The Coming Carnage in the California Wine Industry : Vinography" onclick="window.open(this.href);return false;
I liked the line, “from a balance sheet perspective there is a single word to describe this situation: fckd.” Quite to the point.
Good, the wineries that were taking the dirty money from mortgage lender and hedge fund managers will feel the effects of an ill-conceived short term profit making strategy.
I will buy when they set the price right . . . .
Intense article. I think it is likely true, for the most part, but a bit overblown.
I kind of figured there would be a shake down of all the custom crush wines at some point. The economic crash is obviously going to make that a secondary concern.
This was scary with all the European wine out there from the last couple vintages also.
A few weeks ago I was walking through one of California’s largest wine warehouses, and it was unbelievable what a shitpile of wine is sitting in there. I’m talking big name wineries with unbelievably huge levels of stock. I looked closer and it’s 06’s, 05’s, and rows and rows, pallets and pallets of this stuff. Wines priced anywhere from thirty to a hundred dollars, mostly Napa but a lot of Sonoma too. Hundreds and hundreds of thousands of cases. And I’m thinking to myself, ‘God, this is not good.’ People are waiting for some big day to come when they’ll be able to sell this wine, and it’s just not going to come. It’s never going to come. And I’ll tell you another thing. > There’s no way Wine 'Til Sold Out or any of those other places could possibly sell all this stuff. It was that much wine.
Costco to the rescue.
and Trader Joes
I’ve told a number of the local wine makers that I like to go to Costco so I can see who was in trouble. They always told me I nuts until about nine months ago. Now they tell me the same thing.
Thanks for posting this link Roberto.
Very interesting article.
In there, it links to an article in the Chronicle about foreclosures. Next to it, is this photo:
Who is this? It looks like Gary Busey playing a winery owner.
Were Cali banks really giving [secured?] loans to people to purchase barrels and fruit [with the barrels and fruit as the collateral]?
Huh - apparently so:
“What I’m most surprised at,” he says, “is just how many banks aren’t freaking out as bad as they should be. A number of them don’t seem to want to admit just how bad the situation is. These banks have been giving away money according to a stupid mathematical formula about how much your wine should theoretically be worth but those numbers have no basis in today’s reality. Eventually the banks are going to realize, ‘Holy Christ, what have we done. We’ve been putting money into the shittiest industry possible for the last 10 years.’”
I’m sure glad we got out when we did. I think the article is pretty spot on. Anyone who’s carrying a decent debt load is gonna get (or already is) in trouble.
Isn’t that pic of Bill Harlan?
I worked as CFO of a winery in California - I won’t say where, and I was only there about six months - long enough to bring their financials up to date (they were two years behind) and tell them that they couldn’t afford me.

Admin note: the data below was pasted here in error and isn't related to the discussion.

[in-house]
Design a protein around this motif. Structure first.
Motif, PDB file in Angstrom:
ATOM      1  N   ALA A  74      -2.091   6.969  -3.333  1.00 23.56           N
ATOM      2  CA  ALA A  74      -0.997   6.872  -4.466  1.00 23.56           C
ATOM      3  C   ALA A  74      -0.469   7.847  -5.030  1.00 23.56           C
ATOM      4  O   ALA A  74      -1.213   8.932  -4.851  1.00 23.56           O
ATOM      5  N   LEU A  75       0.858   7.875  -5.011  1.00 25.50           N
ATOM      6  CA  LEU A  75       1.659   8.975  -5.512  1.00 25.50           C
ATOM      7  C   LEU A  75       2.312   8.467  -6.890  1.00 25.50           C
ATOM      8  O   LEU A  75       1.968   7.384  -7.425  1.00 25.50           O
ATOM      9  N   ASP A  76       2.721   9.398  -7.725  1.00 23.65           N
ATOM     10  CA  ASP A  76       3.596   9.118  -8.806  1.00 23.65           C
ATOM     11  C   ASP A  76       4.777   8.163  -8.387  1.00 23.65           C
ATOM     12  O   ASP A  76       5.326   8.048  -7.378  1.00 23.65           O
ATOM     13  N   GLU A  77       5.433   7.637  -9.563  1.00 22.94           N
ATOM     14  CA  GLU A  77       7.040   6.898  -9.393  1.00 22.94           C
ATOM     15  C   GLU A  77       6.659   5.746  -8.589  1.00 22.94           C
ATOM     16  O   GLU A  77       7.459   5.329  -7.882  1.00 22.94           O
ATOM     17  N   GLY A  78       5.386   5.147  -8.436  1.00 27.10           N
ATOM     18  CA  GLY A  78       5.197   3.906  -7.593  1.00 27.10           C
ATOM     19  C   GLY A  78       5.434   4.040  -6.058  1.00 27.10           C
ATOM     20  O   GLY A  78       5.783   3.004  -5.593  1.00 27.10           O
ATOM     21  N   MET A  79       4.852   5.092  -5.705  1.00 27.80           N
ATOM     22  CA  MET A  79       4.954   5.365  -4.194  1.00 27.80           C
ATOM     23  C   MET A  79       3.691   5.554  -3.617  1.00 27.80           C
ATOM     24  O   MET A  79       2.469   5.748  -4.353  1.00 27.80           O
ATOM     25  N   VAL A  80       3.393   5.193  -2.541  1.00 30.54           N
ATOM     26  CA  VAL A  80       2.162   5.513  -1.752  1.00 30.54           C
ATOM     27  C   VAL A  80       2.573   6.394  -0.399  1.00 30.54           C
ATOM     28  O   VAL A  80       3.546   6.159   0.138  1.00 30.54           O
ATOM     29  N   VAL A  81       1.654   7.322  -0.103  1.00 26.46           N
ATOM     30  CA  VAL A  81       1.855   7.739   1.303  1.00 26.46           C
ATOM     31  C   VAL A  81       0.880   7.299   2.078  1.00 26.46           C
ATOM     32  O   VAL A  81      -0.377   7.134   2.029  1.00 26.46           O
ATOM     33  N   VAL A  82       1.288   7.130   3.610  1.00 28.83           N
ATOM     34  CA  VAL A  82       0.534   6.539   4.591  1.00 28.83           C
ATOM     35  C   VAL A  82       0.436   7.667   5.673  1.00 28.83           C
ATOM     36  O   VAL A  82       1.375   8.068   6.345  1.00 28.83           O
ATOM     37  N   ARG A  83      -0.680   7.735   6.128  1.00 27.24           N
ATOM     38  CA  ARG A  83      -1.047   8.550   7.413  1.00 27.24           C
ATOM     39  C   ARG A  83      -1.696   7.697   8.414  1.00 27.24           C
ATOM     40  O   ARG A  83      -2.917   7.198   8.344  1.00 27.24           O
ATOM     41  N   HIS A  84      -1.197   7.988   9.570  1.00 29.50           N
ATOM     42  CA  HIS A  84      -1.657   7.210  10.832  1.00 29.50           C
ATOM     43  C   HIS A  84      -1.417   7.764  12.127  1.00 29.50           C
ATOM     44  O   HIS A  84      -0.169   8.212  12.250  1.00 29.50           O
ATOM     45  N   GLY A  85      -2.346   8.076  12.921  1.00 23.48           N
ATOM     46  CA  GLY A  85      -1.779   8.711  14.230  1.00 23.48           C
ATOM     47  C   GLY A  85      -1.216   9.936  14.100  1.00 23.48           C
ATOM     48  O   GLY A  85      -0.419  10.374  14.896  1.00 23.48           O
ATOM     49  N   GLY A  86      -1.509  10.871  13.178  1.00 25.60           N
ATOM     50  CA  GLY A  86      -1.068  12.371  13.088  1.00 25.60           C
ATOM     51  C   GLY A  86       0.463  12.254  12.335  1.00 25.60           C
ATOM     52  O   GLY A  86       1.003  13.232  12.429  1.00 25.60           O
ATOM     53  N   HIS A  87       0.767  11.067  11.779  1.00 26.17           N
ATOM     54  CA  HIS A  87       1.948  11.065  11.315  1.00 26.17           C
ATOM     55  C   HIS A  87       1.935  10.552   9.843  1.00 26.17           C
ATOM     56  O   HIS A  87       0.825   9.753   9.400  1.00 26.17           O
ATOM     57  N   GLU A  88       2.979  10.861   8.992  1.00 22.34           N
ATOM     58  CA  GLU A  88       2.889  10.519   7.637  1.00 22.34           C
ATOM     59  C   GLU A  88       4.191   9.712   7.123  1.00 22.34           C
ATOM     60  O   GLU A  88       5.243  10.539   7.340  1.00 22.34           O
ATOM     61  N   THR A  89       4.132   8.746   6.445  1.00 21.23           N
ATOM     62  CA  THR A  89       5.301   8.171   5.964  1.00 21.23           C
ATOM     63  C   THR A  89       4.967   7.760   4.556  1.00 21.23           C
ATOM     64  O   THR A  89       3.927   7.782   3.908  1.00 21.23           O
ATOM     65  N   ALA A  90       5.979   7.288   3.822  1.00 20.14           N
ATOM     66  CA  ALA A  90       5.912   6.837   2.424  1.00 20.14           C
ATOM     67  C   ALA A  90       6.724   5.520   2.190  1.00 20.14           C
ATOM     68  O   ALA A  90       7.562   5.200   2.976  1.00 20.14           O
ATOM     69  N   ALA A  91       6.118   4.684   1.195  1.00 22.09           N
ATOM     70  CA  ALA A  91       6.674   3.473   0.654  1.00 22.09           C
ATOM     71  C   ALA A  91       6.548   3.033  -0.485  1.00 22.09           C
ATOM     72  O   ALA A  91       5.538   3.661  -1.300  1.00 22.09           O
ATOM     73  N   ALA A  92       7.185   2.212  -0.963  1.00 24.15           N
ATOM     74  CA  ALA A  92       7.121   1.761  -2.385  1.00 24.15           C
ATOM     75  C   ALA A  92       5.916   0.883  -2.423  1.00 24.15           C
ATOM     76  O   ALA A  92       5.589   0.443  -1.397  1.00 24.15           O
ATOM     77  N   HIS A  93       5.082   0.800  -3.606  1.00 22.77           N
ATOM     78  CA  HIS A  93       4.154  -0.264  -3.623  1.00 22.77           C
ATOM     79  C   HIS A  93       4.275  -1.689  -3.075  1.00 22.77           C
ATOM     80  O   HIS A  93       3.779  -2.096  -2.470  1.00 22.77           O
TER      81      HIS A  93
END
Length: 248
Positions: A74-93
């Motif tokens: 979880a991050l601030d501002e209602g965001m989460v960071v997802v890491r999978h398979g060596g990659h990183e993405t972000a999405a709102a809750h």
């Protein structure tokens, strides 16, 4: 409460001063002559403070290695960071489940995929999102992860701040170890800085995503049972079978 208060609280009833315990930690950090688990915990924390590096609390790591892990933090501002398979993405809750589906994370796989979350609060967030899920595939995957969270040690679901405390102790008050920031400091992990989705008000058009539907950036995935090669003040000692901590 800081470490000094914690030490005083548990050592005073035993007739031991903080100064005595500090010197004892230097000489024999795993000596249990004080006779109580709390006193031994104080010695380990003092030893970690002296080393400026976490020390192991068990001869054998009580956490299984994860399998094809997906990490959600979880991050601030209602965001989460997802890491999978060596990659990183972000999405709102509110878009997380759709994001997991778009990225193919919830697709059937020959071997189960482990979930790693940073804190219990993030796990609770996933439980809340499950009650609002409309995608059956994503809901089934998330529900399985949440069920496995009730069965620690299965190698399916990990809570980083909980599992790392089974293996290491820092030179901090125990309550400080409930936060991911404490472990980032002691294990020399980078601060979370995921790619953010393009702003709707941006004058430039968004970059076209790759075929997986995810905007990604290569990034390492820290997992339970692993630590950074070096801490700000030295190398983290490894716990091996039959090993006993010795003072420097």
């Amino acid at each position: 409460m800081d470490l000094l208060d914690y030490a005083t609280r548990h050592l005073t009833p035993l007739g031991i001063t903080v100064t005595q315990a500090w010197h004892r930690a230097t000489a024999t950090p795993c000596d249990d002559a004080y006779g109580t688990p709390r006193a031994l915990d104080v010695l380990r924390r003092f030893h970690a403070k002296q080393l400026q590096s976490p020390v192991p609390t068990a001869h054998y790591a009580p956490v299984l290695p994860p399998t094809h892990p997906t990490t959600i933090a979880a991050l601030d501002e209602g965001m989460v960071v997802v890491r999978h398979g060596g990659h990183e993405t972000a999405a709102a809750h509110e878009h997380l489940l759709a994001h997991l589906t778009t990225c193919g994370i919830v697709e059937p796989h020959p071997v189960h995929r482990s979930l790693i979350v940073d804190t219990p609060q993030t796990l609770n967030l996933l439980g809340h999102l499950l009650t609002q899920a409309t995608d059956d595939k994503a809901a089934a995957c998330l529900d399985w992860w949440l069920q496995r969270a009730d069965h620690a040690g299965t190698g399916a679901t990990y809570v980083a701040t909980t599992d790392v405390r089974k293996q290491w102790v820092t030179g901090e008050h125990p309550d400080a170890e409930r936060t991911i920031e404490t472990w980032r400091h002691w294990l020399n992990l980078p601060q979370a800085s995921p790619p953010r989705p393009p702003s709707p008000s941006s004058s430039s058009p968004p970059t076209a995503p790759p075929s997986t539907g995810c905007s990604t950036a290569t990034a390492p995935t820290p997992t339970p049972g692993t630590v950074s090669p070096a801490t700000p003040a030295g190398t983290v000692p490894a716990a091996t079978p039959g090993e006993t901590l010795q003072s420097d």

We could borrow on the following basis:
Grapes and barrels were not usable as collateral - only finished (through fermentation) wine. We could borrow against finished wine in barrel at the rate of 50% of the bulk wine’s value (IIRC, Ciatti’s report gave us three values, we used the middle one). We could borrow against bottled wine at 50% of FOB (FOB is roughly half of retail). Bulk wine prices were pretty low, so we could borrow a lot more against bottled wine - of course, you need to find the money to do the bottling… I think our deal was pretty similar to others. I felt that it was a little too generous to be prudent, and it was easy to get into trouble with the Bank’s money.
Obviously one of the real problems is that if bulk wine values or FOB drops, your ability to borrow declines, and if you’re already at your limit, you’re screwed. If there are enough people in this position, you could end up with liquidations pushing prices lower, which in turn drops borrowing limits, which forces more liquidations, and so on.
Thanks. I thought from the context that it might, but I couldn’t see where it said that.
Perhaps he is so well-known in SF that a caption isn’t required, like a photo of Obama or Bush in Washington?
Have you SEEN recent pictures of Gary Busey?
Wow - I had always just kinda naively assumed that people started small and self-financed.
The idea that you would get into the grape-juice-distillation bidness as more of a speculative endeavor strikes me as incredibly, well, ah, “risky”?
[I would say “insane”, but I don’t want to step on too many toes around here…]
To some degree, and in hindsight, possibly. But really this fits the typical bank asset-based lending model, which generally works fairly well as long as there isn’t a once-in-a-generation economic catastrophe. It’s not much different than, say, making a loan to a small newspaper publisher to purchase a printing press. Your collateral is the printing press and I guess the newspapers it prints…not worth a whole lot if the loan defaults. As long as the business is successful and cash flows the loan will be fine, but if the business starts to suffer then the bank is looking at a loss. In fact in the example above I’d say a bank lending 50% of the bulk/discounted value of the collateral is pretty conservative.
It seems like half the people in this country are mad at banks for making too many loans, and the other half are mad at them for not making enough…
It’s definitely risky to make wine, but more so when you’re making brandy.